Naim NBL loudspeaker Page 3

The first time I heard the NBLs in my room, I was reminded of the wall-mounted drive-units by Tannoy (15" alnico-magnet dual-concentrics) I sometimes use. These drivers, flush-mounted in a structural wall and left unobstructed to their rears operate as true boxless infinite baffles, and are regular reminders of the limitations of normal loudspeaker enclosures. While the NBL doesn't share the same tonal balance of these wall-mounted Tannoys by any means, it does have something of the same "boxless" sound quality. This would seem to confirm the efficacy of that complex enclosure decoupling.

However, it wasn't all superlatives. There was no avoiding the NBL's somewhat cold and clinical overall character, which was certainly a function of its bright, forward balance. Indeed, during the opening bars of Talvin Singh's Traveller, I wondered whether the bass drivers had been inadvertently disconnected. And then the bass came in, with considerable power, crispness, and gravitas, and none of the thickening and blurring of conventional speakers. This freedom from boom, resonance, and box coloration gives an exceptionally clean, agile, and articulate performance throughout the bass register, with very subtle texture and tonality, even if it does sound just a little undernourished.

It's been nine years since I last heard the Naim DBL, so comparisons are difficult. However, as I recall, though the bigger speaker lacked the NBL's bass smoothness, its 15" driver had more grip, immediacy, drive, and authority. Whereas the DBL seemed to lead with its bass, punching it out with serious power and authority, the NBL focused my attention first and foremost on the midband, even as the bass just got on and did what it was supposed to, efficiently and unobtrusively.

One of my regular reference speakers, the Rehdeko RK175, is even leaner and more forward than the NBL, so I'm already predisposed toward this sort of balance. But I suspect that many enthusiasts will find the NBL's decidedly dry bass a bit strange at first. Many who buy big, expensive box loudspeakers expect them to deliver copious amounts of bass as some sort of proof of where the money has gone. Such people are unlikely to be impressed by the NBL, but in my view, such an expectation is founded in naïveté and inexperience.

If there is a relationship between bass quantity and bass quality, it's more inverse than direct. The wall-mounted Tannoys' lack of proper low-frequency loading permits them to generate prodigious bass weight and extension, but this is ultimately also a limiting factor. When properly mounted in their intended Westminster Royal horn enclosures, the Tannoys' bass is drier, less inclined to "wallow," and altogether more crisp and musically informative. And with horn loading, of course, the midband is also more colored—in SpeakerLand, you can't have it all!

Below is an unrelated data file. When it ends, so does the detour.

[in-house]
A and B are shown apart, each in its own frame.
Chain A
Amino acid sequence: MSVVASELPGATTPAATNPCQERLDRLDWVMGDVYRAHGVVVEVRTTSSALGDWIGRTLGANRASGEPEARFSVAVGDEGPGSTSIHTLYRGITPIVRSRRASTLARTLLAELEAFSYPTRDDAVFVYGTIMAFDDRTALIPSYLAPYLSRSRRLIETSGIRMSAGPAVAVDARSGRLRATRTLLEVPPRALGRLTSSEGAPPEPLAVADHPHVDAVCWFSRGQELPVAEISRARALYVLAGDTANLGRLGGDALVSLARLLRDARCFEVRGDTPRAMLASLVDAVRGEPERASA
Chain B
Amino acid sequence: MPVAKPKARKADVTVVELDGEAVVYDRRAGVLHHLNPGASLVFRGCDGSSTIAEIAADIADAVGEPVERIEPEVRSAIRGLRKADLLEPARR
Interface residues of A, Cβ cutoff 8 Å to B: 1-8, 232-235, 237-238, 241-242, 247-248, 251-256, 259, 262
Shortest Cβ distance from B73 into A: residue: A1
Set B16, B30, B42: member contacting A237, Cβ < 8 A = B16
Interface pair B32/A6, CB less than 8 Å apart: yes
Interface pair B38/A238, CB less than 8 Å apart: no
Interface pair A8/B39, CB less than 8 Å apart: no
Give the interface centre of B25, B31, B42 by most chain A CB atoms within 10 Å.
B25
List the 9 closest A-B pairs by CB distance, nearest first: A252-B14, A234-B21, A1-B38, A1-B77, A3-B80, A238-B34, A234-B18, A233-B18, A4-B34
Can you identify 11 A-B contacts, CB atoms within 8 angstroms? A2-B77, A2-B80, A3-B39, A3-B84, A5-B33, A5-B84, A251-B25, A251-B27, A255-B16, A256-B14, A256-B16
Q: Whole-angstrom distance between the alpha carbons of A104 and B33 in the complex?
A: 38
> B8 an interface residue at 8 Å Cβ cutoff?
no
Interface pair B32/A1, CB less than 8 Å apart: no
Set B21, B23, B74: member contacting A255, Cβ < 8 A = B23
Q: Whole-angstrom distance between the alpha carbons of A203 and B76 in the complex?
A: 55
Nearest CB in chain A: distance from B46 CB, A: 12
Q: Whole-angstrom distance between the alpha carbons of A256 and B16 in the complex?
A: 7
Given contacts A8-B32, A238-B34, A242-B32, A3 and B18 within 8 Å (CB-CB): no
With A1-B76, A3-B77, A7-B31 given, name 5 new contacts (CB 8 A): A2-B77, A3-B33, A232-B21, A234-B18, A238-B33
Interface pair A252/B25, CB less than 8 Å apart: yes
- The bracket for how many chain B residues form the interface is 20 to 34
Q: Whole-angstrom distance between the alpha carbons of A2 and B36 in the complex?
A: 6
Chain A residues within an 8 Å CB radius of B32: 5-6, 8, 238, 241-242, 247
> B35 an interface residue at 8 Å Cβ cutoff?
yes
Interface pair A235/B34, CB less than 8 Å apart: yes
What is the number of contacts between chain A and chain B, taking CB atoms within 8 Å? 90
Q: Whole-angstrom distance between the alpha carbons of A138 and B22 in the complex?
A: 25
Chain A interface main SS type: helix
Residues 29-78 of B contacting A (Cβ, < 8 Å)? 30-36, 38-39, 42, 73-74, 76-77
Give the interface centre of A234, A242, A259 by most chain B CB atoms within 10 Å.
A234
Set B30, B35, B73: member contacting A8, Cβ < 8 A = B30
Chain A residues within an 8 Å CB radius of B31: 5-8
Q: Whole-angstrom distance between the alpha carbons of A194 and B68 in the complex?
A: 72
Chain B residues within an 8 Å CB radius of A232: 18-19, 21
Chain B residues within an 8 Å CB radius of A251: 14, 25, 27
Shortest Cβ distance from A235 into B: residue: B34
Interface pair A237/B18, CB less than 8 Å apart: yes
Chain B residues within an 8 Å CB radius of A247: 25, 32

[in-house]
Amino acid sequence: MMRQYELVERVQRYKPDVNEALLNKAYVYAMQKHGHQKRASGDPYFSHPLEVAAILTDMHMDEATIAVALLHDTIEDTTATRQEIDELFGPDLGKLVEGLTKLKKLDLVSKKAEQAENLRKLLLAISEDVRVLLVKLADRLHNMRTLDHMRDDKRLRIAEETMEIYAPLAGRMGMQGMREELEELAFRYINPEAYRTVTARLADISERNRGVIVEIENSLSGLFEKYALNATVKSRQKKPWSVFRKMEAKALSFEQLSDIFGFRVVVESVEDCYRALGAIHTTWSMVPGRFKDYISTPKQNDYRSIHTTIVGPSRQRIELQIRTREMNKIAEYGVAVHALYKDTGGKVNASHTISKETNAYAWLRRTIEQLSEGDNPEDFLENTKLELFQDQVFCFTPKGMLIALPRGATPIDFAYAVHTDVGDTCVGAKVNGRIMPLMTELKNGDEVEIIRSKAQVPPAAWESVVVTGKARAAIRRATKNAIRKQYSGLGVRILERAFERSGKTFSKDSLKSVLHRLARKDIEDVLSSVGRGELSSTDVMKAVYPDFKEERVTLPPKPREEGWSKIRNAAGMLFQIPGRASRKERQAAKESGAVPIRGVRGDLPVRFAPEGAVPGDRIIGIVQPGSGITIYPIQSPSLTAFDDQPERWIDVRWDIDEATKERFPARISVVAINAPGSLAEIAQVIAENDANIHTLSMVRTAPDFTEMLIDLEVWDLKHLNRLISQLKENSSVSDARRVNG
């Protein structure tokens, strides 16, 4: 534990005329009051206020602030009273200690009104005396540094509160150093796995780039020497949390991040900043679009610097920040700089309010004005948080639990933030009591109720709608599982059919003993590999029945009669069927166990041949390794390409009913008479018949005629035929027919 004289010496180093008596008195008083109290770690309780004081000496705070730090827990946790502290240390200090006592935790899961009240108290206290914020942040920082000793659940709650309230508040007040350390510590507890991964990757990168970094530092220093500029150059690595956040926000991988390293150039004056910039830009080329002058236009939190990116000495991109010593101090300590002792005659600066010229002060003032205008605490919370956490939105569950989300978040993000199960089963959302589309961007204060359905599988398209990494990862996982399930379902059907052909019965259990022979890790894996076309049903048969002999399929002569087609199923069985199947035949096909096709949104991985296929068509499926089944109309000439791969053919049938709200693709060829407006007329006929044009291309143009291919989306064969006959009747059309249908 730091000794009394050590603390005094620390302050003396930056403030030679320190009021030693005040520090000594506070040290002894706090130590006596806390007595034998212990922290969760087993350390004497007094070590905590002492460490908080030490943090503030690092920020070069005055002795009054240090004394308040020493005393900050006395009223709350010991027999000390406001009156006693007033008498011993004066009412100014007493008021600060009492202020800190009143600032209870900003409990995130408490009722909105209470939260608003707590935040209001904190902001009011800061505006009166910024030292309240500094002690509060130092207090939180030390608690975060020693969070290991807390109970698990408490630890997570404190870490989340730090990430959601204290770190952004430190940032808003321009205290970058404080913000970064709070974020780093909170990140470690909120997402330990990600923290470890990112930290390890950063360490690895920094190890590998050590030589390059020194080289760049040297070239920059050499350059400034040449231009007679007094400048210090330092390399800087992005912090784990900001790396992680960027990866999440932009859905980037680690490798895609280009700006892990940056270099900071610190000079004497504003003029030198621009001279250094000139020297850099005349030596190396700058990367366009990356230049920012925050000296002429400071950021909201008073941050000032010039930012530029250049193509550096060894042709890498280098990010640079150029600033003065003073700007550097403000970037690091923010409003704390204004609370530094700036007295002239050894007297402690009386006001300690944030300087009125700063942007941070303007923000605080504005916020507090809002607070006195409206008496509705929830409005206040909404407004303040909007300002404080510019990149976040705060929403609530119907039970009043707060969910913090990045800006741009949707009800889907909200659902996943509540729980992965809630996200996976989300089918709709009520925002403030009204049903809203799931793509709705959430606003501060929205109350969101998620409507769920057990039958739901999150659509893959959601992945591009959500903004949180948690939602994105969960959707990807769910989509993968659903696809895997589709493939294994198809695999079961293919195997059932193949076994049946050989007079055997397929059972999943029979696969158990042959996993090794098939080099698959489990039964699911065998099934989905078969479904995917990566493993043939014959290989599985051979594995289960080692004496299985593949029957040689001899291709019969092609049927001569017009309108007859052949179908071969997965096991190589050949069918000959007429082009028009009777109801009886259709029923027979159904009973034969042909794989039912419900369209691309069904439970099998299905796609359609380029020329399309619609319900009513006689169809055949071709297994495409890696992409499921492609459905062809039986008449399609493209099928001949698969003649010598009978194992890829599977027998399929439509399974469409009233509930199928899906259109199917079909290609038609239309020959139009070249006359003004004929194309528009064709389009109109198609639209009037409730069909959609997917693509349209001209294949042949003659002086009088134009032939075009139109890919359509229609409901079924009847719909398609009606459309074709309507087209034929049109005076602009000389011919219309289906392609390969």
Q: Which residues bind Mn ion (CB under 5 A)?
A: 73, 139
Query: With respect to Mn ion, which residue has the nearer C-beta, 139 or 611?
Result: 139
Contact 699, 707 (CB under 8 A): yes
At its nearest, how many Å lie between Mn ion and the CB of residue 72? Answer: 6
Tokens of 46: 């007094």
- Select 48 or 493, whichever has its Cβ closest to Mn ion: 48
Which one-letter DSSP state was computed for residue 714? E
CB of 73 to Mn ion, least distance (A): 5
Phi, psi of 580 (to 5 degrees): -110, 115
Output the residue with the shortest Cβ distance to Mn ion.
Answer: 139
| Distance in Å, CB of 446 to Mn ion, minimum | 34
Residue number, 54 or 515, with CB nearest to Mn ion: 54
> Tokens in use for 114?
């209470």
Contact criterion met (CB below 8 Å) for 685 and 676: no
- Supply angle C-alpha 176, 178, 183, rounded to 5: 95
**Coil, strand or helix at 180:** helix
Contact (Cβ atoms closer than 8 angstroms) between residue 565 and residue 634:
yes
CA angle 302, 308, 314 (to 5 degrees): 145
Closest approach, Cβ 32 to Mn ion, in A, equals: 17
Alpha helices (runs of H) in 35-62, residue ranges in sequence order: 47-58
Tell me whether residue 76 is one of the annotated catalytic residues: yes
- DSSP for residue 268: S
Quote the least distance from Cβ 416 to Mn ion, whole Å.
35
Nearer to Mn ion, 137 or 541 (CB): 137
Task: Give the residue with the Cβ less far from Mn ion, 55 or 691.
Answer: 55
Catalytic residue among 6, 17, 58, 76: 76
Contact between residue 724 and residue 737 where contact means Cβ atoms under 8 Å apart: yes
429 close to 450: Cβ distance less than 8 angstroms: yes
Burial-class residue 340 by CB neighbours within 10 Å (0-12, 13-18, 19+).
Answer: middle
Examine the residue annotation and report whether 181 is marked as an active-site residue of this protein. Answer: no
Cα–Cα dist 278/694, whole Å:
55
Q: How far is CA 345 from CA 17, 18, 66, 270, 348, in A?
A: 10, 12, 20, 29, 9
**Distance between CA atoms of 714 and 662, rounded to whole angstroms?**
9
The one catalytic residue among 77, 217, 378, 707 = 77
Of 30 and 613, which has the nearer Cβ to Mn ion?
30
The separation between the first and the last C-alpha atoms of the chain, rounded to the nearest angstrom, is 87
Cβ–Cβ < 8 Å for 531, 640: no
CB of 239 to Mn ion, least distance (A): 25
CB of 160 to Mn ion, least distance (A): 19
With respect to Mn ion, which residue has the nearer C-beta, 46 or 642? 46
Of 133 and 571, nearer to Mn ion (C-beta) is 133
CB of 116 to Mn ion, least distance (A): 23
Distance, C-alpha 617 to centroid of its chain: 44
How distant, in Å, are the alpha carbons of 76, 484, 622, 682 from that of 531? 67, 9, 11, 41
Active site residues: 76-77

Horns and panels aside, the overwhelming majority of box loudspeakers today use resonances to "prop up" the low-frequency extension, but the bottom line is that tuned resonances exert a baleful influence on music reproduction. Musical instruments themselves are essentially tuned resonators, so the means of reproducing them accurately ought surely to be as free of resonance as possible. Naim's philosophy is that it's best to avoid any resonance, and the NBL's bass loading is expressly designed to that end: the sealed-box loading leaves just one resonance, at around 47Hz (rather than the two generated by a reflex ported system), while the acoustic resistance panel does its best to damp even that resonance out of existence.

The result might be bass that's a little understated, but it certainly hits the spot in terms of musical communication. Bass lines that had previously come over as amorphous and directionless suddenly made perfect sense as the logical underpinning of what was happening further up the band. And the midband—notwithstanding its over-projection—sounded all the cleaner, clearer, and more articulate because it wasn't cluttered up by an overenthusiastic bass.

In terms of strict tonal neutrality, the NBL undoubtedly deserved criticism. A direct consequence of its leanness and forwardness was a lack of warmth, most obviously noticeable on orchestral recordings; cellos sounded rather short of body and richness. The upper-mid emphasis tended to exaggerate fine detail, but could add a touch of "shout," and distort the stereo perspectives by bringing forward some instruments and voices. High-level replay was a trifle wearing with some material—overcompressed modern pop/rock material, for example.

A happier side of this balance was that the speaker remained highly articulate at very low levels. In fact, it was remarkably articulate through the voice band at all levels, revealing previously obscure lyrics with great clarity.

Company Info
Naim Audio North America
2702 West Touhy Avenue
Chicago, IL 60645
(773) 338-6262
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